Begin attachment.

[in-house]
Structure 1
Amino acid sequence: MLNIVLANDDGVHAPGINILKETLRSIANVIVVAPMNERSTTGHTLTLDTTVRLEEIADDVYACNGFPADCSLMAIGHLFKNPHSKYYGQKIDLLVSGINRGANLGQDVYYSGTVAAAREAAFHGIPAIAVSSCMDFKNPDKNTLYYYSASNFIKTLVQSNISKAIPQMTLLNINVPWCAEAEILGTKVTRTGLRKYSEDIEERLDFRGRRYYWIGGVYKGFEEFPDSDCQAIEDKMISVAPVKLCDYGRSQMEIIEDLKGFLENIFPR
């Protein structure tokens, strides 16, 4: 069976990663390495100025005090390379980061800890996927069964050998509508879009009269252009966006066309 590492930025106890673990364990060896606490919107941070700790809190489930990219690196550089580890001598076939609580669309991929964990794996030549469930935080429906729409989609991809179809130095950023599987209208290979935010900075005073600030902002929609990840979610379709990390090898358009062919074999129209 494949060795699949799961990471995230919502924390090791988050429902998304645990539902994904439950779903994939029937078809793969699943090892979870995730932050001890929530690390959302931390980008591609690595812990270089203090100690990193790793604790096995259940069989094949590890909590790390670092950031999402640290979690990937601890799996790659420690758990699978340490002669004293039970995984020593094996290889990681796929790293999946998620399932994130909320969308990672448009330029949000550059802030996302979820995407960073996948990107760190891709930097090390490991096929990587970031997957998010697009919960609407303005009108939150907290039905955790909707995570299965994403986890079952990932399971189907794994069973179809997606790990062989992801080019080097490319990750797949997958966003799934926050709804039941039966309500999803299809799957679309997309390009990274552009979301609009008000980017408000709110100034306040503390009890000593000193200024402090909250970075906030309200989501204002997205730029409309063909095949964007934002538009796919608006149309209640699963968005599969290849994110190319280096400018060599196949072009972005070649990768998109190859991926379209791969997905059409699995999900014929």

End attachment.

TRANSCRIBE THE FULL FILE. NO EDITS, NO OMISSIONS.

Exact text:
[in-house]
Structure 1
Amino acid sequence: MLNIVLANDDGVHAPGINILKETLRSIANVIVVAPMNERSTTGHTLTLDTTVRLEEIADDVYACNGFPADCSLMAIGHLFKNPHSKYYGQKIDLLVSGINRGANLGQDVYYSGTVAAAREAAFHGIPAIAVSSCMDFKNPDKNTLYYYSASNFIKTLVQSNISKAIPQMTLLNINVPWCAEAEILGTKVTRTGLRKYSEDIEERLDFRGRRYYWIGGVYKGFEEFPDSDCQAIEDKMISVAPVKLCDYGRSQMEIIEDLKGFLENIFPR
């Protein structure tokens, strides 16, 4: 069976990663390495100025005090390379980061800890996927069964050998509508879009009269252009966006066309 590492930025106890673990364990060896606490919107941070700790809190489930990219690196550089580890001598076939609580669309991929964990794996030549469930935080429906729409989609991809179809130095950023599987209208290979935010900075005073600030902002929609990840979610379709990390090898358009062919074999129209 494949060795699949799961990471995230919502924390090791988050429902998304645990539902994904439950779903994939029937078809793969699943090892979870995730932050001890929530690390959302931390980008591609690595812990270089203090100690990193790793604790096995259940069989094949590890909590790390670092950031999402640290979690990937601890799996790659420690758990699978340490002669004293039970995984020593094996290889990681796929790293999946998620399932994130909320969308990672448009330029949000550059802030996302979820995407960073996948990107760190891709930097090390490991096929990587970031997957998010697009919960609407303005009108939150907290039905955790909707995570299965994403986890079952990932399971189907794994069973179809997606790990062989992801080019080097490319990750797949997958966003799934926050709804039941039966309500999803299809799957679309997309390009990274552009979301609009008000980017408000709110100034306040503390009890000593000193200024402090909250970075906030309200989501204002997205730029409309063909095949964007934002538009796919608006149309209640699963968005599969290849994110190319280096400018060599196949072009972005070649990768998109190859991926379209791969997905059409699995999900014929």